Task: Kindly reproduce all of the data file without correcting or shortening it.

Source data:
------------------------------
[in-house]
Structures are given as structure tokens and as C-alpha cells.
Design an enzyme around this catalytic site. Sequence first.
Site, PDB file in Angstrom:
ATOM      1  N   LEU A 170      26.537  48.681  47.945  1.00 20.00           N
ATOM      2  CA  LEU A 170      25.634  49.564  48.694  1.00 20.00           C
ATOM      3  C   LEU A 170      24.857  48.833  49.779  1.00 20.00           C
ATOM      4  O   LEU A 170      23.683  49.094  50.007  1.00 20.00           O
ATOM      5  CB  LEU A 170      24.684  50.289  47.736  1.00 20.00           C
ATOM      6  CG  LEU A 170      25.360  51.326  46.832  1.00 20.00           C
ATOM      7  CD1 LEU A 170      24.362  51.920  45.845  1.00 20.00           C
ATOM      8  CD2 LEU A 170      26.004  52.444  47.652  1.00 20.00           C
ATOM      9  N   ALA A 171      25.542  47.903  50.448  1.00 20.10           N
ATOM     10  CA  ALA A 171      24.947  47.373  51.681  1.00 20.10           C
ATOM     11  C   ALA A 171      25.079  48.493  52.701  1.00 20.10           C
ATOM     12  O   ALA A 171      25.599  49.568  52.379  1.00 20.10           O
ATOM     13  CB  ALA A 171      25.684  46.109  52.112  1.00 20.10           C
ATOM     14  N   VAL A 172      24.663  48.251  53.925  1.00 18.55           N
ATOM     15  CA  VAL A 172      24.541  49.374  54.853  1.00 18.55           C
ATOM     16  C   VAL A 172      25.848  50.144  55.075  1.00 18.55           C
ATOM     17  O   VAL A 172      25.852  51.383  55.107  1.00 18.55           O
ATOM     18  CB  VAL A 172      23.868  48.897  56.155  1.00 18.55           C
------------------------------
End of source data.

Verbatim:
[in-house]
Structures are given as structure tokens and as C-alpha cells.
Design an enzyme around this catalytic site. Sequence first.
Site, PDB file in Angstrom:
ATOM      1  N   LEU A 170      26.537  48.681  47.945  1.00 20.00           N
ATOM      2  CA  LEU A 170      25.634  49.564  48.694  1.00 20.00           C
ATOM      3  C   LEU A 170      24.857  48.833  49.779  1.00 20.00           C
ATOM      4  O   LEU A 170      23.683  49.094  50.007  1.00 20.00           O
ATOM      5  CB  LEU A 170      24.684  50.289  47.736  1.00 20.00           C
ATOM      6  CG  LEU A 170      25.360  51.326  46.832  1.00 20.00           C
ATOM      7  CD1 LEU A 170      24.362  51.920  45.845  1.00 20.00           C
ATOM      8  CD2 LEU A 170      26.004  52.444  47.652  1.00 20.00           C
ATOM      9  N   ALA A 171      25.542  47.903  50.448  1.00 20.10           N
ATOM     10  CA  ALA A 171      24.947  47.373  51.681  1.00 20.10           C
ATOM     11  C   ALA A 171      25.079  48.493  52.701  1.00 20.10           C
ATOM     12  O   ALA A 171      25.599  49.568  52.379  1.00 20.10           O
ATOM     13  CB  ALA A 171      25.684  46.109  52.112  1.00 20.10           C
ATOM     14  N   VAL A 172      24.663  48.251  53.925  1.00 18.55           N
ATOM     15  CA  VAL A 172      24.541  49.374  54.853  1.00 18.55           C
ATOM     16  C   VAL A 172      25.848  50.144  55.075  1.00 18.55           C
ATOM     17  O   VAL A 172      25.852  51.383  55.107  1.00 18.55           O
ATOM     18  CB  VAL A 172      23.868  48.897  56.155  1.00 18.55           C